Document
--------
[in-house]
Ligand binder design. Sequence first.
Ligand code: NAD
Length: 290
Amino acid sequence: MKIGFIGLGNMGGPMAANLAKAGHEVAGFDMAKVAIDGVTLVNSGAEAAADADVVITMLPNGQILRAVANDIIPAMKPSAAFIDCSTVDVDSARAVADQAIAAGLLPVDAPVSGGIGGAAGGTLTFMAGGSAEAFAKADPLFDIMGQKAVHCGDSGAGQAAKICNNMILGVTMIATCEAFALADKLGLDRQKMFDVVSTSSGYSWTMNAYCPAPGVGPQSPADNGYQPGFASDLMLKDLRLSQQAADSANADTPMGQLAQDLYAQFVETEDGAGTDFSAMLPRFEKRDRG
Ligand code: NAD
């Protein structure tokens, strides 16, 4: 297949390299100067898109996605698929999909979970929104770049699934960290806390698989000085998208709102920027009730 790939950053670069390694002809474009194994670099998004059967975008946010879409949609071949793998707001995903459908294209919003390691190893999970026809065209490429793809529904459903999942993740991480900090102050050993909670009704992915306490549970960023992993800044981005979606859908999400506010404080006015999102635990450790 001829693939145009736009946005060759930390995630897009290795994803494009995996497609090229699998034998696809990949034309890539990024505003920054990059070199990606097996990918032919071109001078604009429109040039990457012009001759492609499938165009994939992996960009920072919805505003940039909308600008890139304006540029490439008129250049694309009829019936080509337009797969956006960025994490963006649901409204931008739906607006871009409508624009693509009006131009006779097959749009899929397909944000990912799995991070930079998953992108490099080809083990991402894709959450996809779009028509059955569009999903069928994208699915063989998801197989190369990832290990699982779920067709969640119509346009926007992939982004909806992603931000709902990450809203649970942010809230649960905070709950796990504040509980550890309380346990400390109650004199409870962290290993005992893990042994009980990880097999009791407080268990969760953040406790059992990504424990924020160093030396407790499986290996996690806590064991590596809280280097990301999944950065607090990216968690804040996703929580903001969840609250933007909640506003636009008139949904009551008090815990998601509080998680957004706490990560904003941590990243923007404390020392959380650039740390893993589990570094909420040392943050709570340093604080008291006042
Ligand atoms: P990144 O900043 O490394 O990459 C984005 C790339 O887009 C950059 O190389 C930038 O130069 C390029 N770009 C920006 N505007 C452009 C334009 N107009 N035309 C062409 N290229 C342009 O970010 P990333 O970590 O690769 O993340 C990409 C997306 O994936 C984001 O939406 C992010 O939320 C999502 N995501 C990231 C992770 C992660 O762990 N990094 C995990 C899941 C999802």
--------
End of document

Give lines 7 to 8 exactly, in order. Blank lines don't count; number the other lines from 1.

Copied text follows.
């Protein structure tokens, strides 16, 4: 297949390299100067898109996605698929999909979970929104770049699934960290806390698989000085998208709102920027009730 790939950053670069390694002809474009194994670099998004059967975008946010879409949609071949793998707001995903459908294209919003390691190893999970026809065209490429793809529904459903999942993740991480900090102050050993909670009704992915306490549970960023992993800044981005979606859908999400506010404080006015999102635990450790 001829693939145009736009946005060759930390995630897009290795994803494009995996497609090229699998034998696809990949034309890539990024505003920054990059070199990606097996990918032919071109001078604009429109040039990457012009001759492609499938165009994939992996960009920072919805505003940039909308600008890139304006540029490439008129250049694309009829019936080509337009797969956006960025994490963006649901409204931008739906607006871009409508624009693509009006131009006779097959749009899929397909944000990912799995991070930079998953992108490099080809083990991402894709959450996809779009028509059955569009999903069928994208699915063989998801197989190369990832290990699982779920067709969640119509346009926007992939982004909806992603931000709902990450809203649970942010809230649960905070709950796990504040509980550890309380346990400390109650004199409870962290290993005992893990042994009980990880097999009791407080268990969760953040406790059992990504424990924020160093030396407790499986290996996690806590064991590596809280280097990301999944950065607090990216968690804040996703929580903001969840609250933007909640506003636009008139949904009551008090815990998601509080998680957004706490990560904003941590990243923007404390020392959380650039740390893993589990570094909420040392943050709570340093604080008291006042
Ligand atoms: P990144 O900043 O490394 O990459 C984005 C790339 O887009 C950059 O190389 C930038 O130069 C390029 N770009 C920006 N505007 C452009 C334009 N107009 N035309 C062409 N290229 C342009 O970010 P990333 O970590 O690769 O993340 C990409 C997306 O994936 C984001 O939406 C992010 O939320 C999502 N995501 C990231 C992770 C992660 O762990 N990094 C995990 C899941 C999802």